DoD OIG JEDI Investigation: Takeaways
Updated: Feb 19
The Department of Defense (DoD) Office of Inspector General (OIG) released its 300+ page report on the Joint Enterprise Defense Infrastructure (JEDI) Cloud Procurement in April 2020 (the Report). Spoiler alert: the OIG concluded that the DoD conducted the procurement according to law and regulation. While the media primarily focused on this conclusion, the Report presents a rare, behind-the-scenes peek into a $10B government cloud procurement. Companies that do business with the government can benefit from three interesting takeaways.
Develop a process that addresses access to non-public, proprietary, confidential information and train your employees.
The OIG Report revealed that the DoD inadvertently gave Microsoft’s source selection, trade secret information (in the Technical Evaluation Board Report, the “TEB Report”) to Amazon as part of Amazon’s debriefing. Report at 6, 81-90. Most TEB Reports cover the technical strengths and weaknesses of the offeror’s proposed solution for each evaluation factor. Normally, the government never releases source selection documents even to the offeror, much less to a competitor in a debriefing. In fact, because these documents may give offerors unfair advantages in future procurements as well as proprietary trade secrets, the Procurement Integrity Act and Trade Secrets Act explicitly prohibit the release of non-public information to ensure an equal playing field and fair competition. The government presumes that the company receiving the non-public information received an unfair advantage. The recipient must prove that the information had no impact on their proposal or re-bid.
While companies cannot necessarily control the information a government agency releases to it, it can limit the exposure when/if it receives non-public information. Employees should be able to: 1) identify non-public, sensitive information; 2) recognize that the disclosure was in error; and 3) apply the correct company policies and procedures on handling that information. If the competitor does not have a stated process or did not follow its process, the offeror whose source selection or bid and proposal data is disclosed can claim that the competitor has an unfair advantage or a conflict of interest, and try to disqualify the competitor from a future procurement. The resulting inquiry, mitigation, and explanation add unnecessary complexity to the procurement for all parties.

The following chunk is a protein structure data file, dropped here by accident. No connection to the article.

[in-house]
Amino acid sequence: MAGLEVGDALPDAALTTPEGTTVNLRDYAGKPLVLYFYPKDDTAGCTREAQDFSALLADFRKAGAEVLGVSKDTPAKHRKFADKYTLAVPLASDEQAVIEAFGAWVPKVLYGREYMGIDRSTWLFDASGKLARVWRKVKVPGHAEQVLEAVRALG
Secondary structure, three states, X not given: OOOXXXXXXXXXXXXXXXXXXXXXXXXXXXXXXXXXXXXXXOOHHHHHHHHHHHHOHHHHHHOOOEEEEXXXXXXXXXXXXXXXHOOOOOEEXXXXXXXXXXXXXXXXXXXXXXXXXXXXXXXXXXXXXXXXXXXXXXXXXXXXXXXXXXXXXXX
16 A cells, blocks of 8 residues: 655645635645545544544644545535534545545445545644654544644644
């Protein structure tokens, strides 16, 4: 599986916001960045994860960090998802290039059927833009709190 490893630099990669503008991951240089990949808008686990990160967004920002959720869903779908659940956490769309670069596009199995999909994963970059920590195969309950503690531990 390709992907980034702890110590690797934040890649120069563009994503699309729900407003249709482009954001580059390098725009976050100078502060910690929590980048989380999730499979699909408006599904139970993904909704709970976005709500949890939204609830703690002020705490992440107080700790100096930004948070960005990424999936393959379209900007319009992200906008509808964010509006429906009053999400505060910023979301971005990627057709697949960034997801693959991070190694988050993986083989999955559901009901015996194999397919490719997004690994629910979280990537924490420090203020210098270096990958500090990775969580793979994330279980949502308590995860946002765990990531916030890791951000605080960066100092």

Ensure that your government contracting compliance program and Contractor Code of Business Ethics and Conduct has a policy and process for handling non-public, source selection, trade secret, proprietary, confidential information and train your employees to identify sensitive information, where to find the policy and procedure, and how to follow it.
Pro-Tip: A good rule of thumb is whether release of your company’s similar
information to your competitor would hurt or harm your competitive position
– if the answer is yes, then you should treat similar information from your
competitor as non-public.
Proactively develop a mitigation plan, to include isolating any bid response team from any employee and any other individuals who may have reviewed non-public information. Unfortunately, once rung, you cannot unring a bell. Ensure that your employees respect all restrictions and will proactively recuse themselves from problematic discussions.
If your company is the unfortunate competitor that has had its information disclosed, work with your legal team or outside counsel to determine how to disclose this fact to the contracting officer in every procurement, ask for disqualification of the other offeror, and consider protesting.
Implement a temporary moratorium on employment discussions with employees of the government customer.
The OIG report also investigated allegations of impropriety based on Amazon’s employment of former government employees who had some connection to the JEDI procurement. The IG found no actual impropriety or influence of former government employees on Amazon’s bid because the individuals had tangential access to information or were involved in early discussions that had little to no impact on the procurement. Report at 123-227.